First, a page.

I first saw the three volumes of Darkness Mist & Shadow: The Collected Macabre Tales of Basic Copper at Greg Ketter’s booth at Windy City seven years ago. It was a gorgeous set of hardcovers, with magnificent wraparound Stephen Fabian artwork, and it drew my eye immediately.
It was prohibitively expensive, however — nearly $200 for the set, if I remember correctly. Two hundred bucks buys a lot of vintage paperbacks. I put them back on the shelf with a sigh, and headed for the back of the room, where the cheap paperbacks were piled high on countless tables.
Darkness Mist & Shadow was published by Drugstore Indian Press, a division of PS Publishing in the UK, which means it wasn’t widely distributed here in the US. I’ve always been curious about Basil Copper’s fiction… not curious enough to part with $200 on an impulse purchase, but still. Bob Byrne is a fan of his Solar Pons tales (also available from PS Publishing), and Bob has good taste, so that heightened my curiosity.
I’m not always in the mood for classic British horror, but when October rolls around, with its long evenings, hot chocolate, and a cat that insists on climbing into my lap at seven o’clock and staying there, immobile, until midnight, I’m much more receptive. The promise of a virtual library of short stories and novellas — painstakingly gathered from such hard-to-find sources as the Dark Terrors anthology series, the Pan Book of Horror Stories, New Tales of the Cthulhu Mythos, and long out-of-print Arkham House volumes — gets a lot more appealing. So when PS reissued the books in beautiful trade paperback editions, priced at just £9.99 each ($17 from most US sellers), it was simply too hard to resist. I paid $45 for the complete set, and I’m very happy I did.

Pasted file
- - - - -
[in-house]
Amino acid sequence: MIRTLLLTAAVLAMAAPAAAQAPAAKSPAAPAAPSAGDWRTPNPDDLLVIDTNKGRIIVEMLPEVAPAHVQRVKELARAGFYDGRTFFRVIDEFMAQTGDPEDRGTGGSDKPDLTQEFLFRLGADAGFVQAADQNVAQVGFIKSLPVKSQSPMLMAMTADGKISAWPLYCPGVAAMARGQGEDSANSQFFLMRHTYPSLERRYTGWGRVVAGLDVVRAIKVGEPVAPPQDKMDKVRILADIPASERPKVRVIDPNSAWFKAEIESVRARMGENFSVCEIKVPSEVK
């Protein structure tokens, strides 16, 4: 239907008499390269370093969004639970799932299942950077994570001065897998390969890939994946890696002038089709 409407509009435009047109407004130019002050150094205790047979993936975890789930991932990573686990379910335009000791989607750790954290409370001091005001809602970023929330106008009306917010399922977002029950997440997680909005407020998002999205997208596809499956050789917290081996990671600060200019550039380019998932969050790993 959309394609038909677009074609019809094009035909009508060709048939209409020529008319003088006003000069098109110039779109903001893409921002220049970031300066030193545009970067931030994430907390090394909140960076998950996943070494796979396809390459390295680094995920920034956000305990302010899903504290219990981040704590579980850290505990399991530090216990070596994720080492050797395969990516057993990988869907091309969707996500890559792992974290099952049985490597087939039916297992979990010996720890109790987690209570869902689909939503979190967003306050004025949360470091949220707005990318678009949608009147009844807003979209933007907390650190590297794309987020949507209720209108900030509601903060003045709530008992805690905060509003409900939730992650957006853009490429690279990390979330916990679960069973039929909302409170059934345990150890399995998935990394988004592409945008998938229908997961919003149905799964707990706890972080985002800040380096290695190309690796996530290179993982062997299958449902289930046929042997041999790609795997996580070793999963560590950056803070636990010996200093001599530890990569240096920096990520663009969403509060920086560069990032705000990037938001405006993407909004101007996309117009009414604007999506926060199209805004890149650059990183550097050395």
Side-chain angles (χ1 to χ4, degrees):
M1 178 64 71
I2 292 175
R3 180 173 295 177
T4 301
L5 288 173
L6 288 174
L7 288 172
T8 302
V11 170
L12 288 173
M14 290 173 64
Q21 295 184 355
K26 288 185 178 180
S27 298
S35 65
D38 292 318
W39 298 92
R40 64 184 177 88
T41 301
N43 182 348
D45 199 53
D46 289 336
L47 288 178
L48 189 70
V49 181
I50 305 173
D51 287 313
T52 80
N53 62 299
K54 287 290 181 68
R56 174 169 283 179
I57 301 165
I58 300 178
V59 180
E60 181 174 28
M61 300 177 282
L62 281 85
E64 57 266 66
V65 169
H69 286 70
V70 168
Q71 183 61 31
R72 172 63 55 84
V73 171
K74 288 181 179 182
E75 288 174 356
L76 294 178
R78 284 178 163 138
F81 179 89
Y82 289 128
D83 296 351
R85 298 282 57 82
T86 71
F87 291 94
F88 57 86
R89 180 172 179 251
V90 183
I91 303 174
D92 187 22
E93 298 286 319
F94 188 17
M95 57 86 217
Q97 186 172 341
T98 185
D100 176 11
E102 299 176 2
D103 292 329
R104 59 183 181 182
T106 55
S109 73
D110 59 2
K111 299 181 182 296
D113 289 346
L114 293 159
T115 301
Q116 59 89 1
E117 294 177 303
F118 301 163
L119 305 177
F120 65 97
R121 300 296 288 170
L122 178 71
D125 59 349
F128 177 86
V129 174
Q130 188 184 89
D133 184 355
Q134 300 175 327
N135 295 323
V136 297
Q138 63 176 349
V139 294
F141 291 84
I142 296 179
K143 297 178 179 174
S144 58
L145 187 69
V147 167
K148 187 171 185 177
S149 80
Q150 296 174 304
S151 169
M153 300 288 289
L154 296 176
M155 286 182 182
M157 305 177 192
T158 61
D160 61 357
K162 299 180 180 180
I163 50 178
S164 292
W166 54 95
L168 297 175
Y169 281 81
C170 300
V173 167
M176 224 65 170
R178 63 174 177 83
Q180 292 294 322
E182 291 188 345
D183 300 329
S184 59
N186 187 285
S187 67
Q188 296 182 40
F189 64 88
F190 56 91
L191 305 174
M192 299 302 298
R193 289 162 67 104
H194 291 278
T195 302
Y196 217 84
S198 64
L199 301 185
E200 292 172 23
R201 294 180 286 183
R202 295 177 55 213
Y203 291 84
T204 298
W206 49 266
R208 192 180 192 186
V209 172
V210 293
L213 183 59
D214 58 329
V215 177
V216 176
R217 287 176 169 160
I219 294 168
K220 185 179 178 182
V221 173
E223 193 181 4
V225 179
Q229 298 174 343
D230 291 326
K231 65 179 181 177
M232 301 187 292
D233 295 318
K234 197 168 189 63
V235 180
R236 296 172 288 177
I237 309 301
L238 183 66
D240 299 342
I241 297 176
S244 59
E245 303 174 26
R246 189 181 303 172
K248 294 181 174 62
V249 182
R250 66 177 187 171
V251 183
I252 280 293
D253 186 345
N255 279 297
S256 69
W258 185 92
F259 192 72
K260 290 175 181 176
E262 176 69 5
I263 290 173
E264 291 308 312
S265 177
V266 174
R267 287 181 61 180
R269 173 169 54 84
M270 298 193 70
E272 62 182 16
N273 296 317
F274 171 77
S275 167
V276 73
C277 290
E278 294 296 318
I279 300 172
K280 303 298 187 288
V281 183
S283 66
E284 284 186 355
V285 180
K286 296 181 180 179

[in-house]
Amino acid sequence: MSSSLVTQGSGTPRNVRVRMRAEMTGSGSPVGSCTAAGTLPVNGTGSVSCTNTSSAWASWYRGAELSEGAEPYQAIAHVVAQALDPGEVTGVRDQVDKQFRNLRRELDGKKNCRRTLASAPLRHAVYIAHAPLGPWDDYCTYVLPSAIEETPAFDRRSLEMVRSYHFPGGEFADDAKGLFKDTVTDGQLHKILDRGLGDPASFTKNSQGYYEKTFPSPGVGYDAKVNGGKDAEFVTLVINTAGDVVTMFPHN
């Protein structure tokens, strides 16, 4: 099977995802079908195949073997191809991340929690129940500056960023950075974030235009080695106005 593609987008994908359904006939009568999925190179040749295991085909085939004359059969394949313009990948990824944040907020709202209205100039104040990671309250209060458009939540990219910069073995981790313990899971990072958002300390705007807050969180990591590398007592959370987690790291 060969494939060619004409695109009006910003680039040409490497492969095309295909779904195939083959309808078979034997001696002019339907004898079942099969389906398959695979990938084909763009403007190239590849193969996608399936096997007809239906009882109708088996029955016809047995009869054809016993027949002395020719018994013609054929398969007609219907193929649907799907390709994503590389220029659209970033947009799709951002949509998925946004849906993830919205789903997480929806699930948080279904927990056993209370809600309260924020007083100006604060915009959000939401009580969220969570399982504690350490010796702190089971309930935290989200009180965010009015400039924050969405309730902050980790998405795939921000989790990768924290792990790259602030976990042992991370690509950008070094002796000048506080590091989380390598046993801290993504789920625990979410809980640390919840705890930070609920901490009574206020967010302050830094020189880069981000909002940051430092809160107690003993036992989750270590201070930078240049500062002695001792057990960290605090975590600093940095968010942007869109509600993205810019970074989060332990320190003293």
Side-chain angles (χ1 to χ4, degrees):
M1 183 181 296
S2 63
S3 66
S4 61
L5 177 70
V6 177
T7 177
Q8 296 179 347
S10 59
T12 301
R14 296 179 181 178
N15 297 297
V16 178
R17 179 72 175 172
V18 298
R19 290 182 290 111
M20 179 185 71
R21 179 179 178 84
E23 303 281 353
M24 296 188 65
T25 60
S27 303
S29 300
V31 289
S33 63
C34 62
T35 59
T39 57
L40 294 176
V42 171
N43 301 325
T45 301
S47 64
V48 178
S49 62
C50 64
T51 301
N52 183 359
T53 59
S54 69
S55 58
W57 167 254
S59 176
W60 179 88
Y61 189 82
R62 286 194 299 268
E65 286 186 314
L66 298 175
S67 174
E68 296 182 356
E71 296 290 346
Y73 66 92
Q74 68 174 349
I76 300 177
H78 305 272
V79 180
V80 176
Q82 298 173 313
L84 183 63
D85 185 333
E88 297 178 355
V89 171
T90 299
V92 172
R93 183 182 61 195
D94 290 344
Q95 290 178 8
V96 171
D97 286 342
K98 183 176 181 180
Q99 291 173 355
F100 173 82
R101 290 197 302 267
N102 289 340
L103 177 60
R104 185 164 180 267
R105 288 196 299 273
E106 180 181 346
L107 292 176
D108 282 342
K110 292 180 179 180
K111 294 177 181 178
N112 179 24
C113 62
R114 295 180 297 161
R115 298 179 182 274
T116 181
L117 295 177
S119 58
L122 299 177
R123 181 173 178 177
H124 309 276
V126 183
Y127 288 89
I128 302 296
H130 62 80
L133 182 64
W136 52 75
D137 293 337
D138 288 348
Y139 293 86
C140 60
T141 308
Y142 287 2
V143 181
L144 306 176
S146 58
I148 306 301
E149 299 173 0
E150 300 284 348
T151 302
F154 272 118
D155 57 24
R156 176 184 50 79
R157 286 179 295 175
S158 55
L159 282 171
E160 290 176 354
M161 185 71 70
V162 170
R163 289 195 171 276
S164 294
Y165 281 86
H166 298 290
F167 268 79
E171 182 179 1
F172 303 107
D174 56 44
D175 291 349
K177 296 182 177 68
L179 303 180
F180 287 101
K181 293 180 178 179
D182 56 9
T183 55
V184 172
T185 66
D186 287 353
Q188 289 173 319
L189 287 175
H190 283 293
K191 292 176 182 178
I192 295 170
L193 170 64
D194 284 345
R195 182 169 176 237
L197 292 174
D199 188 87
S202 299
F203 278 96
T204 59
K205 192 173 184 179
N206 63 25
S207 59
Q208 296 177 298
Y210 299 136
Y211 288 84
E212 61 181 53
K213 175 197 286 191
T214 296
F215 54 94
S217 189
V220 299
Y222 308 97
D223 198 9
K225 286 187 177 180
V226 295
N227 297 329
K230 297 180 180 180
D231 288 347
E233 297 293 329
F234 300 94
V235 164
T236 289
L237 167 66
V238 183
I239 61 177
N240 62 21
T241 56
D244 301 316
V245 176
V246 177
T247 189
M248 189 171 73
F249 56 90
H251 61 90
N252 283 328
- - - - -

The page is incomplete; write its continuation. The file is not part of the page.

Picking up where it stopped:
[Click the images for bigger versions.]
One of the draws for me, of course, was the Stephen Fabian artwork. Here’s a better look at all three covers.
The interior artwork, by Bob Eggleton, Les Edwards, Allen Koszowski, Gary Gianni, Dave Carson, and Randy Broecker, is nearly as impressive. There isn’t a lot of it (2-4 b&w pieces per volume) but what there is is magnificent. Here’s an example from Volume One.
These aren’t the kind of books I expect to read in one sitting. They’re more volumes you dip into and savor a few times a year.
All three volumes are edited by Stephen Jones; each has an intro by a different luminary. The hardcovers were published in 2010, and the reprint editions in 2013. The covers are by Stephen Fabian. Here’s the publishing details.
Volume One: 466 pages, £9.99, £5.99 digital, introduction by Stephen Jones
Volume Two: 453 pages, £9.99, £5.99 digital, introduction by Kim Newman
Volume Three: 440 pages, £9.99, £5.99 digital, introduction by Christopher Fowler
All three books were published by Drugstore Indian Press, an imprint of PS Publishing. Order from their website here.
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